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Ten Worthless Opinions – Mid-Ohio Back-to-School Edition

August is here and you know what that means, don’t you?  That’s right, it’s back-to-school time everywhere.  Open the newspaper or turn on the TV and you are inundated with ads and commercials for every item your entitled little geniuses need.  With that as a backdrop, here’s this weeks WO’s (worthless opinions).

1.  Everyone line up, please.  Single file.  Let’s take a seat in Professor B’s classroom.  Every school has that teacher that’s a little off-center but so sincere and bright that he becomes a favorite.  That’s Jon Beekhuis.  Every broadcast he explains something that helps me understand the engineering marvels of racing and how these concepts affect the teams and drivers.  Class, pay attention.

2.  Sometimes it takes a practical lesson for students to see the value of their knowledge.  After the deluge at Mid-Ohio and the tragic lightning strike at Pocono, it behooves us to pay attention to weather warnings.  I met Brian Nuedorff (@NASCAR_WXMAN) at IMS last week.  His real job is a TV meteorologist in Idaho, but he is an avid NASCAR fan and provides up-to-the-minute forecasts for fans of the various NASCAR series.  Like most bloggers/social media types, he does it for free.  Leading up to the red flag at Pocono, he was screaming on Twitter to stop the race and evacuate the stands.  It didn’t happen in time.  As someone who has managed large events for a living, I can tell you that there is a certain inertia in making the decision to evacuate a facility.  Is your information accurate?  Do you have a plan?  What effect will it have on the event?  What effect will it have on everyone involved in the event?  The simple answer is to say “do the right thing.”  Right is always easy to ascertain in the past tense.  It’s much more difficult in the present.  Here’s a link to Brian Nuedorff’s response on the Pocono weather situation on Sunday.  Read it, please.  And the next time lightning is in the area of an event you are attending, do the right thing and seek shelter.  Don’t wait to be told.  Trust yourself to do the right thing; don’t wait for someone else to make your decision for you.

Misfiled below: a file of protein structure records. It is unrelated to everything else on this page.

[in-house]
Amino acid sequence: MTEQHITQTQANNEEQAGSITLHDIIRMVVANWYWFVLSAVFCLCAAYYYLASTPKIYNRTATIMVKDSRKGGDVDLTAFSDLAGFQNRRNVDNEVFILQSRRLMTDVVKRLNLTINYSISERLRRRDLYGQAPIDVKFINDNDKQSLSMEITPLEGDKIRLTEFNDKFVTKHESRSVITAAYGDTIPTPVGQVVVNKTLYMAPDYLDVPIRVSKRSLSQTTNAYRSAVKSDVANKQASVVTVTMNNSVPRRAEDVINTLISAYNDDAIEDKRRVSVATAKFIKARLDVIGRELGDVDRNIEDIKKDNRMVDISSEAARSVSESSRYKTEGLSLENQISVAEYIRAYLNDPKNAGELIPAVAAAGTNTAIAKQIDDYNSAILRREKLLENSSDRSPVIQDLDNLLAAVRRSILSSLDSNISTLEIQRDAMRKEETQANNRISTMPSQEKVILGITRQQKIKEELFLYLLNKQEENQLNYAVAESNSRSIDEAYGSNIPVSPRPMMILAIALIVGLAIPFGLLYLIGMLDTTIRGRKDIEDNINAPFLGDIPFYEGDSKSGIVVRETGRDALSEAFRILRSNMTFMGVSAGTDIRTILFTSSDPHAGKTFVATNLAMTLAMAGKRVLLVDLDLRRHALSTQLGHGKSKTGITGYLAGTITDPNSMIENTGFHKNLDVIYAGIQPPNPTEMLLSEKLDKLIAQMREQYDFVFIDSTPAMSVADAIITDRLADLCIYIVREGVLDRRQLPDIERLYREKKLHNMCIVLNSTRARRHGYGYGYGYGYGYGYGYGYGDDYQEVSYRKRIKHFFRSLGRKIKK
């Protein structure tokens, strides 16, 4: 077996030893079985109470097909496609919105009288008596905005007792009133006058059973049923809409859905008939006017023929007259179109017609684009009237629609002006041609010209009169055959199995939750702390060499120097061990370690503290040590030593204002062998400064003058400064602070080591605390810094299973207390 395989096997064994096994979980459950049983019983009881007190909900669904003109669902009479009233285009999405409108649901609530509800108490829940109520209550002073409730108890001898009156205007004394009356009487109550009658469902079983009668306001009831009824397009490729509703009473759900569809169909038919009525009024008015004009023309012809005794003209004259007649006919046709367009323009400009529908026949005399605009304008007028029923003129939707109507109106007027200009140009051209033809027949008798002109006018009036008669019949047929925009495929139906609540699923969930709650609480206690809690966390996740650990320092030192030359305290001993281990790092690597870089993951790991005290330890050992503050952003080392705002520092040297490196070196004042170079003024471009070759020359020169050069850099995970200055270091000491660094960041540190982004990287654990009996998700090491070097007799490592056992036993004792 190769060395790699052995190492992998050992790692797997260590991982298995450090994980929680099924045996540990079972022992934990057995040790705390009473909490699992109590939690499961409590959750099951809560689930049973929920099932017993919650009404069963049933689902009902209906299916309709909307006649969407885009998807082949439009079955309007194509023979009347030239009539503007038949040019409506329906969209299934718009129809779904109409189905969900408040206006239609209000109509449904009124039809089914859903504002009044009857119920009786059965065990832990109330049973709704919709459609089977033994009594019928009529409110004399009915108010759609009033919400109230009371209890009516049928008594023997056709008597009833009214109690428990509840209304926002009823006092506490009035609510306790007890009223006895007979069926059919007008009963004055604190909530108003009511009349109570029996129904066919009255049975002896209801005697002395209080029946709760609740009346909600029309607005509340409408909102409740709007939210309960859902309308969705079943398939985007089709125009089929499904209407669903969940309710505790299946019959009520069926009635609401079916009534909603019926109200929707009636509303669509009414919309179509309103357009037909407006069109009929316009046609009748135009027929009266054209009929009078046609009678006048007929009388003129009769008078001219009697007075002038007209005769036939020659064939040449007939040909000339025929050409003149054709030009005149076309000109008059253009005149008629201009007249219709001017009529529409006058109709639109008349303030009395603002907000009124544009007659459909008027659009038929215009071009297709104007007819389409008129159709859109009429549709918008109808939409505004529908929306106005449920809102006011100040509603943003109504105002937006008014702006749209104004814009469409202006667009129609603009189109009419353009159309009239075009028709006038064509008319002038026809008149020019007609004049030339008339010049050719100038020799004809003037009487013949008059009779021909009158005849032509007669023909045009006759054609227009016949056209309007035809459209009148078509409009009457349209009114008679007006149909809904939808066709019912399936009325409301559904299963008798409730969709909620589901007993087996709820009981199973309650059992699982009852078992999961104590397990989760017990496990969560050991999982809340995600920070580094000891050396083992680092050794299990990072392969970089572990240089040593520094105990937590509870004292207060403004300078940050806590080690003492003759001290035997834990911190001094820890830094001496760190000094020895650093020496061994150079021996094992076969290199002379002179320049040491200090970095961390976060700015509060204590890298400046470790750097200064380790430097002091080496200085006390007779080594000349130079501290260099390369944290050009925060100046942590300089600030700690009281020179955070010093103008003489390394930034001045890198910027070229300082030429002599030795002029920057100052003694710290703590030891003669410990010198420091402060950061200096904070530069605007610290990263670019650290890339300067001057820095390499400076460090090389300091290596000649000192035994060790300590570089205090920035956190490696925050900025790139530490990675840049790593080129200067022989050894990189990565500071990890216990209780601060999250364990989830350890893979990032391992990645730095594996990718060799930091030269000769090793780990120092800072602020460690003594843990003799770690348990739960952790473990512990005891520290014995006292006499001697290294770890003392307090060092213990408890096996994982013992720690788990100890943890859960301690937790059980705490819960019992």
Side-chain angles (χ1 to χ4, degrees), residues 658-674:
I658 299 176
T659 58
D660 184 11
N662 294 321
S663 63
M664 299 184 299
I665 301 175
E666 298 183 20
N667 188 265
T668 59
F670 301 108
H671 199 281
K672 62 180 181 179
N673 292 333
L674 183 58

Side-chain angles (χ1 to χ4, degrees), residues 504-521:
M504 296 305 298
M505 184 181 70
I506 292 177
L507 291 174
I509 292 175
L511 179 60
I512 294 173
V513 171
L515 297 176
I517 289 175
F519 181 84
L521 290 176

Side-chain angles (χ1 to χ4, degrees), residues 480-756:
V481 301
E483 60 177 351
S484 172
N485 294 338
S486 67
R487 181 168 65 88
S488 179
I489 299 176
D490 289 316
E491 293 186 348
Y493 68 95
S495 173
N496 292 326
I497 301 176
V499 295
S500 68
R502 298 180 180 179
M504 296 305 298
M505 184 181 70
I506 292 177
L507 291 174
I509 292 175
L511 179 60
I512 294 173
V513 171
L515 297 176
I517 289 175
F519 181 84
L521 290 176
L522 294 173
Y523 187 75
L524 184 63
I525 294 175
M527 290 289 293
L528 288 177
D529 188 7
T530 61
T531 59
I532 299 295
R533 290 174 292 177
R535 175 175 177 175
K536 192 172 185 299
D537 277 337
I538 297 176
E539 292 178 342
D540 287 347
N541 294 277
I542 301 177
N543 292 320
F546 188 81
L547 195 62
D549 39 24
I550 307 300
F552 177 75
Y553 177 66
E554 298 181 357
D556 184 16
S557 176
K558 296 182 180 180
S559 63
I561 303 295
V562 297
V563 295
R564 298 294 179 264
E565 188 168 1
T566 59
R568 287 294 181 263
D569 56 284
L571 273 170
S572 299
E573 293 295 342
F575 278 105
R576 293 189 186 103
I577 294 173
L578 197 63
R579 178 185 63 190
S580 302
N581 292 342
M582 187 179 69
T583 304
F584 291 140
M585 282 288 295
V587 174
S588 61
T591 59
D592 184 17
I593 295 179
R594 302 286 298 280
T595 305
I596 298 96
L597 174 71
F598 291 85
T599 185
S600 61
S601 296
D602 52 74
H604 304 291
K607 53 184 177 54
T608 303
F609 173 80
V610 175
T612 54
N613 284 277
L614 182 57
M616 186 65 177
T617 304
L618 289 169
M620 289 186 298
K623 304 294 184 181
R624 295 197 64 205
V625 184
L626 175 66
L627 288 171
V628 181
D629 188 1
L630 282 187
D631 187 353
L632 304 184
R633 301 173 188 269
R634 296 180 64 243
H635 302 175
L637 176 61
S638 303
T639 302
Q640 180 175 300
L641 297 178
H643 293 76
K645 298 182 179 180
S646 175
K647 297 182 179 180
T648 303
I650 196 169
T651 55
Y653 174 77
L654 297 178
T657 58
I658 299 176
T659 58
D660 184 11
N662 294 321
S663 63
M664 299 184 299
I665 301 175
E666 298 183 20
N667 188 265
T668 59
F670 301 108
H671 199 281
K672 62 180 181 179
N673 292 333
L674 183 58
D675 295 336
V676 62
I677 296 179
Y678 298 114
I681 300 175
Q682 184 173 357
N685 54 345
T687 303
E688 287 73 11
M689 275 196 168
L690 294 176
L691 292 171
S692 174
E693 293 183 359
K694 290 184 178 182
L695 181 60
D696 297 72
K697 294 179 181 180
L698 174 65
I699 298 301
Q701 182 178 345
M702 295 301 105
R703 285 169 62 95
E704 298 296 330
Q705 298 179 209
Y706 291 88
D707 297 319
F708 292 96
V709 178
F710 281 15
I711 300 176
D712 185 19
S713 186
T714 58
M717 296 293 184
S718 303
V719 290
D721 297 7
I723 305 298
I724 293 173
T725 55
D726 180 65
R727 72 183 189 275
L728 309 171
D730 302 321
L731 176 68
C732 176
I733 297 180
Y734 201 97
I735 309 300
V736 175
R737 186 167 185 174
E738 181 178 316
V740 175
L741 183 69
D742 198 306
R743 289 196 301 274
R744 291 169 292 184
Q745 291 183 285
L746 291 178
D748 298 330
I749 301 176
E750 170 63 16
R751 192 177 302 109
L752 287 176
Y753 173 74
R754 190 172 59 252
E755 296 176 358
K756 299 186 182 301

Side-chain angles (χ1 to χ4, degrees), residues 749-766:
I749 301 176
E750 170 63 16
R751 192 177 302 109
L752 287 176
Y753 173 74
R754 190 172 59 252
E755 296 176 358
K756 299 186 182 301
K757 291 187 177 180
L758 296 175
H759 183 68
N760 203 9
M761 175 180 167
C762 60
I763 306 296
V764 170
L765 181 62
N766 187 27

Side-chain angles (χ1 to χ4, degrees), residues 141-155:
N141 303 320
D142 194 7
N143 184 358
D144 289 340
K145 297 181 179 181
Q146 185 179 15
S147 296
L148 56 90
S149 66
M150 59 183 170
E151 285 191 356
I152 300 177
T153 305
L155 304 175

3.  Justin Wilson is the strong “B” student in class.  He pays attention, does all of this homework, participates in discussion, but when the test rolls around he just misses an “A.”  After getting spun and not stalling his car, he battled back as best he could to soldier home in 18th.  Sometimes a teacher just wants to give a kid an “E” for effort.

4.  Every class has a kid who cuts up, makes jokes, and basically keep a smile on everyone’s face, whether you are a teacher or student.  Josef Newgarden is that kid.  Teachers want to discipline him, but he just ends up making them laugh.  Newgarden almost cracked the top ten this week.   He ran up front until the second half of the race.   Let’s have a short Socratic seminar using this question:  HOW IN THE HELL DOES THIS GUY NOT HAVE A SPONSOR?  Please discuss following the Socratic rules.  What?  Not familiar with them?  Damn American educational system.  Just watch this video and talk among yourselves then.  You won’t see this kind of stuff in NASCAR, class.

5.  After lap 4, ABC/ESPN/NBC showed a graphic on the biggest movers.  Graphs and charts are always a hit when doing multi-media presentations.  It listed Newgarden and Conway at +4, Tags and Barrichello at +3, and Viso at +2. I liked this; however, it would have been nice to SHOW SOME OF THE PASSES.  You have to support your assertions with proof.